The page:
Shih represents a layer of DPP leaders and supporters who are seeking to distance themselves from the DPP’s call for Taiwanese independence. As DPP chairman from 1993-96, he began to call for a “great rapprochement” with China, bringing him into sharp conflict with Chen. He quit the DPP in 2000. In 2002, he was even considered as the KMT nominee for mayor of Taiwan’s second largest city, Kaohsiung.
Behind Shih is a new political formation composed of DPP leaders, women associations and sections of the trade union leadership. The so-called Alliance of Fairness and Justice (AFJ), formed in 2003, is known as the “purple” camp, in contrast to the pro-independence parties, known as the “green camp” and the pro-China parties, known as the “blue camp”.
The AFJ is not a formal political party but often claims to support the “under-privileged” and makes appeals for the building of a “social welfare” system. Its leader, Chien His-chieh, was a former leader of the largest DPP faction, New Tide. The DPP initially attempted to recruit the AFJ as a coalition partner in parliament, and thus undermine the opposition KMT and People First Party (PFP), a former KMT faction led by James Soong. At the time, the KMT accused the AFJ being a “left” organisation.
The AFJ has sought to capitalise on the growing disaffection with the DPP over declining living standards. Chien appeals for a return to the old DPP ideals, promoting the illusion that it would carry out social reforms. The grouping has become a convenient banner for sections of the trade union bureaucracy, who are looking to cover up its own failure to wage any consistent political campaign against the impact of free market restructuring.
Taiwan’s top economic official—Hu Sheng-cheng, chairman of the Council for Economic Planning and Development—admitted last month that only 30 percent of the population had benefitted from economic growth while the remaining 70 percent experienced wage stagnation or decline. Not only are Taiwanese corporations transferring manufacturing operations to China, but many public sector workers face the loss of jobs and conditions as a result of economic restructuring.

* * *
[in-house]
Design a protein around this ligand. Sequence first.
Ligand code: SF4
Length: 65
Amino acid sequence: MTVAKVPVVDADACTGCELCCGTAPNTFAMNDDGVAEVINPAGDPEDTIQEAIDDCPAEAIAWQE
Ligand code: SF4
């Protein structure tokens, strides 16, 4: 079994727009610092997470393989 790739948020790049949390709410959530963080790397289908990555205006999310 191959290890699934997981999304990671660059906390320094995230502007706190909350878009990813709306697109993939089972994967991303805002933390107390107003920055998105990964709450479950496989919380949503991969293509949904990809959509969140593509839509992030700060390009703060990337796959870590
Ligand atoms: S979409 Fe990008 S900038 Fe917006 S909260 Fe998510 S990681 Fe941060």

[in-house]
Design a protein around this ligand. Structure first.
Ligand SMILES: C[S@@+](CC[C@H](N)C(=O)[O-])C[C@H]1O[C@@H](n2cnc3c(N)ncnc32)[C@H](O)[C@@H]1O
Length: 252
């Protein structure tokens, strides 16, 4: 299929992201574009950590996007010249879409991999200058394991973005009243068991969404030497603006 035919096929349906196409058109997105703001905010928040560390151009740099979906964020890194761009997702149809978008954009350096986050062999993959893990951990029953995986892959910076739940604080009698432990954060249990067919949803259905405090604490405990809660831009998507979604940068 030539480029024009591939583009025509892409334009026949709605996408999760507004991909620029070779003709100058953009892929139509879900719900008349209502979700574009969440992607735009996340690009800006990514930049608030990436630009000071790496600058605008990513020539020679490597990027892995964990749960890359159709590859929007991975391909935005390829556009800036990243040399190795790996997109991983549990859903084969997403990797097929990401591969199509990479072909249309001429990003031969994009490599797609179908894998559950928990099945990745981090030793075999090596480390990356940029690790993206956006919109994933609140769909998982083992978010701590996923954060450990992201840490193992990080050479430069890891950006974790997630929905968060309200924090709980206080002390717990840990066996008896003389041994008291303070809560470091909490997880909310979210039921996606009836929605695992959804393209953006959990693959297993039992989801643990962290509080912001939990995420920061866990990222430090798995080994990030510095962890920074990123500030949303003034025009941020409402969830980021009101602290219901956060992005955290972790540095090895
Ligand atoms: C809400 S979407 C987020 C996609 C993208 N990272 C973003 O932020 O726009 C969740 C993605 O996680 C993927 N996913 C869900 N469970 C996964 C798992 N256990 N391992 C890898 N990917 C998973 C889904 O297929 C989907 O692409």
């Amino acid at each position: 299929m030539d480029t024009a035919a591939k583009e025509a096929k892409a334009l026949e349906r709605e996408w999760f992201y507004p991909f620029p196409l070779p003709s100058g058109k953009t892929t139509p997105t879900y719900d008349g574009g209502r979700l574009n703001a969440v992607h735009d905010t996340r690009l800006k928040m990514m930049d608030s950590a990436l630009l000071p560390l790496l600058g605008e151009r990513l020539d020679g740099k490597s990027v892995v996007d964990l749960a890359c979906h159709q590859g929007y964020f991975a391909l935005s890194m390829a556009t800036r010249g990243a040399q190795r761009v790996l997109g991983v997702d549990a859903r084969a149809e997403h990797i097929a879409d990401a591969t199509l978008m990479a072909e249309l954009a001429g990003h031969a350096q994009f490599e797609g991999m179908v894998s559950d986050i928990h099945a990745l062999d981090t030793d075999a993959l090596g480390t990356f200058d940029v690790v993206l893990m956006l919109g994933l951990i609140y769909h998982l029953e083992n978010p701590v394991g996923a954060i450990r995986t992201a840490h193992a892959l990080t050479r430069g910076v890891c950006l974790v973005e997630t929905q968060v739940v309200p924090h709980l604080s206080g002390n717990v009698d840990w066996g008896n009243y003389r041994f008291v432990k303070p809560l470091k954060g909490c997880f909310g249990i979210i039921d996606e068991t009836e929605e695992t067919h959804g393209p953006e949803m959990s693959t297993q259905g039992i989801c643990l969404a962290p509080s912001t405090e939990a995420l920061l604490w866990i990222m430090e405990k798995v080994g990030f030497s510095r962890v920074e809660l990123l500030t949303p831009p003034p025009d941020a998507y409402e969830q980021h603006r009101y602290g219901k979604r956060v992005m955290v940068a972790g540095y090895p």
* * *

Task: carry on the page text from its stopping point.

As the DPP has suffered major losses in parliamentary and local elections over the last two years, the AFJ has moved closer to the KMT. The KMT in turn has dropped its former objections to the AFJ, which provides a useful means for enhancing its own electoral standing. The KMT is still widely discredited by its decades of dictatorial rule and endemic corruption. It failed to defeat Chen in the 2004 presidential election despite the widespread opposition to the DPP.
The AFJ is also appealing to a certain shift in public mood. The DPP’s rhetoric has increasingly pitted “native Taiwanese” against “mainlanders” who form the KMT’s base. Chen has attempted to discriminate against “mainlanders” by promoting local languages and culture. By calling itself the “purple camp”, the AFJ is capitalising on the growing disgust with communal politics. Shih has denounced the rot of Taiwanese “democracy” and called for a “popular” movement transcending “partisan” politics.
The KMT and PFP have supported the AFJ protests as a means of levering Chen from power, but are concerned about Shih’s populist appeals. Shih has cautiously warned of a “national strike” by affiliated trade unions as a last resort to force Chen to step down. He floated the date of October 10—a national holiday—in order to minimise any impact of businesses. However, the government, the KMT and the corporate elite have all sharply opposed any strike, warning it would threaten economic and social stability.
Smaller protests have continued this week in Taipei and spread to a number of southern cities, leading to clashes between pro- and anti-Chen demonstrators, resulting in dozens of arrests. There is considerable nervousness in ruling circles over the ongoing protests. The KMT is considering a parliamentary motion to remove the cabinet as a means of defusing the movement. Leading DDP legislators have expressed concern about the size of last Friday’s rally and suggested that the government cancel the October 10 national holiday to avoid any repetition.